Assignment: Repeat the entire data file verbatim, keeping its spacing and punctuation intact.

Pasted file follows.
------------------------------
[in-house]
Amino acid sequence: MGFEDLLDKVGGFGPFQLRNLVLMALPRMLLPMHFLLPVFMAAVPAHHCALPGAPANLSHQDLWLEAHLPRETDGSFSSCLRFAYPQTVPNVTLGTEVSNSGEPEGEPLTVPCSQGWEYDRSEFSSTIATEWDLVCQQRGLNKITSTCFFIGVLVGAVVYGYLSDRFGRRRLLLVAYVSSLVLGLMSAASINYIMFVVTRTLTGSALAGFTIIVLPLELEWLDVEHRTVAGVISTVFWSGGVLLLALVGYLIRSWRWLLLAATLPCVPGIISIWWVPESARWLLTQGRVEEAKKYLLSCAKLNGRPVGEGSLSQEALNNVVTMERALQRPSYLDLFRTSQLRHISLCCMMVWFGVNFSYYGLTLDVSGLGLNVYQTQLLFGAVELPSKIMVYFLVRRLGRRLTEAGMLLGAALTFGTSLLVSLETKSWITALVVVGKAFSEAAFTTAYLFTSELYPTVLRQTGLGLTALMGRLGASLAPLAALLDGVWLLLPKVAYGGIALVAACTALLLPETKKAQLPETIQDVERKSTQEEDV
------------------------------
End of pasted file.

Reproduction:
[in-house]
Amino acid sequence: MGFEDLLDKVGGFGPFQLRNLVLMALPRMLLPMHFLLPVFMAAVPAHHCALPGAPANLSHQDLWLEAHLPRETDGSFSSCLRFAYPQTVPNVTLGTEVSNSGEPEGEPLTVPCSQGWEYDRSEFSSTIATEWDLVCQQRGLNKITSTCFFIGVLVGAVVYGYLSDRFGRRRLLLVAYVSSLVLGLMSAASINYIMFVVTRTLTGSALAGFTIIVLPLELEWLDVEHRTVAGVISTVFWSGGVLLLALVGYLIRSWRWLLLAATLPCVPGIISIWWVPESARWLLTQGRVEEAKKYLLSCAKLNGRPVGEGSLSQEALNNVVTMERALQRPSYLDLFRTSQLRHISLCCMMVWFGVNFSYYGLTLDVSGLGLNVYQTQLLFGAVELPSKIMVYFLVRRLGRRLTEAGMLLGAALTFGTSLLVSLETKSWITALVVVGKAFSEAAFTTAYLFTSELYPTVLRQTGLGLTALMGRLGASLAPLAALLDGVWLLLPKVAYGGIALVAACTALLLPETKKAQLPETIQDVERKSTQEEDV